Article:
Last updated 5 April 2017
The current Retirement Villages Act 1999 (Qld) (Retirement Villages Act) does not prescribe how a resident holds title to their unit in the village. Instead, it refers to a concept called a ‘right to reside’.
As a consequence, there are various arrangements devised by operators to record a resident’s right to reside in a unit including:
- freehold titles
- lifelong (or 99-year) leases
- lease and loan arrangements
- licence and loan arrangements
- share scheme arrangements.
Although a freehold title may offer the best security of tenure, often the security can be complicated by bodies corporate, lease backs, mortgages or caveats securing maintenance levies and the various powers of attorneys. Leasehold tends to be the most common tenure used and is relatively secure as the lease of the unit is generally registered on the village’s title. The licence structure is the simplest but not necessarily the most secure, and was popular in older-style villages. It remains the most common tenure used by not-for-profit operators.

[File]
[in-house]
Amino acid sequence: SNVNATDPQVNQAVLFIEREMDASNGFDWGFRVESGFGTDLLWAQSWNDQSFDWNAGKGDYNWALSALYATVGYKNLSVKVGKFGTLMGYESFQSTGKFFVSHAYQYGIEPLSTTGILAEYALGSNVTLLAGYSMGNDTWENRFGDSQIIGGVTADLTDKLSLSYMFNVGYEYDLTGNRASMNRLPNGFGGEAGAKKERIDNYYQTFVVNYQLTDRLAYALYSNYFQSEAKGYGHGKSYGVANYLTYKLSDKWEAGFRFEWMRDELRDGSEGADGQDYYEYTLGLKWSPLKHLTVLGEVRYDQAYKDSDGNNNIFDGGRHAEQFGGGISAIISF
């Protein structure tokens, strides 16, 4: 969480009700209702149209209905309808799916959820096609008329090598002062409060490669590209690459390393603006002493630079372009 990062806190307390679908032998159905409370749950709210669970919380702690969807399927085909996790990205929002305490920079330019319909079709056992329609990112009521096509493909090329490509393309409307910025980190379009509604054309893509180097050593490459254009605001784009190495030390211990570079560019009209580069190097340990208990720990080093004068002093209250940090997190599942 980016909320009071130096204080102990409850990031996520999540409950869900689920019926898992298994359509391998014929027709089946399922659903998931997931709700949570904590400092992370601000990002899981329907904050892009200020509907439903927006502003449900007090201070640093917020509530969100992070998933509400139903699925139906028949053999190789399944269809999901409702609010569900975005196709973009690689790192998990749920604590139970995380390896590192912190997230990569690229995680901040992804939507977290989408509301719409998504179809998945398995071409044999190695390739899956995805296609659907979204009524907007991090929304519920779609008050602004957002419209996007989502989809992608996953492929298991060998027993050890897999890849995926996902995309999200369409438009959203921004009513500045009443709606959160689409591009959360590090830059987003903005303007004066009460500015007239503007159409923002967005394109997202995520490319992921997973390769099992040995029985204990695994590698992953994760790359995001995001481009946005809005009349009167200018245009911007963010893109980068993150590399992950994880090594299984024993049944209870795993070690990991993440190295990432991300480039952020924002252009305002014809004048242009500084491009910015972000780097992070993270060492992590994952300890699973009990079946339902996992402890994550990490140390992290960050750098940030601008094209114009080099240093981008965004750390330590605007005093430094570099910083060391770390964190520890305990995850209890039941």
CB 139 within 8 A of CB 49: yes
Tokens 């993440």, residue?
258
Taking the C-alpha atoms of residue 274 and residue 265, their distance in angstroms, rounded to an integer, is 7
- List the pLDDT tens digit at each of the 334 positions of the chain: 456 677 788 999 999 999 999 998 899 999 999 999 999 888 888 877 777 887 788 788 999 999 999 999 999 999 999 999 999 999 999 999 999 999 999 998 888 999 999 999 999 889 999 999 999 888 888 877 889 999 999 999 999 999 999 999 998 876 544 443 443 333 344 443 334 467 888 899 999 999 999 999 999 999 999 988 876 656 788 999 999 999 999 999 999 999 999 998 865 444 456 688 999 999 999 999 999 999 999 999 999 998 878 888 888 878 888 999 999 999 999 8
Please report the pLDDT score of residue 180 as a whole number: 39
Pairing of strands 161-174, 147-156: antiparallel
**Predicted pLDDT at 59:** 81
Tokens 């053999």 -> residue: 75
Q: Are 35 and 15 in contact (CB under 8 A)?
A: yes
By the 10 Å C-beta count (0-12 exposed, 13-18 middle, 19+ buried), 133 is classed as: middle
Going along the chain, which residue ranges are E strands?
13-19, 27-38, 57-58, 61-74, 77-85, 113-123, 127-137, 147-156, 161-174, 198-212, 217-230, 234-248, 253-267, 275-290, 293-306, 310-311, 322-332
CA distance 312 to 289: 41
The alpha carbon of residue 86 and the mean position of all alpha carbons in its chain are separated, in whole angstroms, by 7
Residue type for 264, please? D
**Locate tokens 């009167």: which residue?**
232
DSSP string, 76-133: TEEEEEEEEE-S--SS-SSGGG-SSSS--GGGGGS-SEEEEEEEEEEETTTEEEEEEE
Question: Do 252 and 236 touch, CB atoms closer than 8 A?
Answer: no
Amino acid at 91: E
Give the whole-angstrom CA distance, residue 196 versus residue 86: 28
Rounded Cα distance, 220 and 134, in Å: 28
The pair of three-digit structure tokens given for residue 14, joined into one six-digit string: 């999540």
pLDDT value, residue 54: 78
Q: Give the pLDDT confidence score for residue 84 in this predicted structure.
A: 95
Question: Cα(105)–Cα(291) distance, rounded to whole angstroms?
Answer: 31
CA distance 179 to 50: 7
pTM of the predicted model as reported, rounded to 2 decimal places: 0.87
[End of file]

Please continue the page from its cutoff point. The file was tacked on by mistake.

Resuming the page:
Whichever way the village is structured, a person needs to understand how they hold their right to live in the unit and that, generally, it is not the same as owning their own home, even if they have freehold title to their unit. The security of tenure is ultimately controlled by the Retirement Villages Act and the terms of the agreement with the operator.
It is important to understand any change made by the Retirement Villages Act to residents who hold a lease of their unit. Under the previous legislation, a statutory charge was registered on the title deed of the retirement village land. This charge was meant to secure the repayment of monies owing to residents. Under the Retirement Villages Act there is no such charge registered on the title deed for new leasehold villages. New villages, where residents are given a licence of their unit, will still have a statutory charge registered on the title deed, but operators who can establish that they have a good record as an operator can apply for an exemption.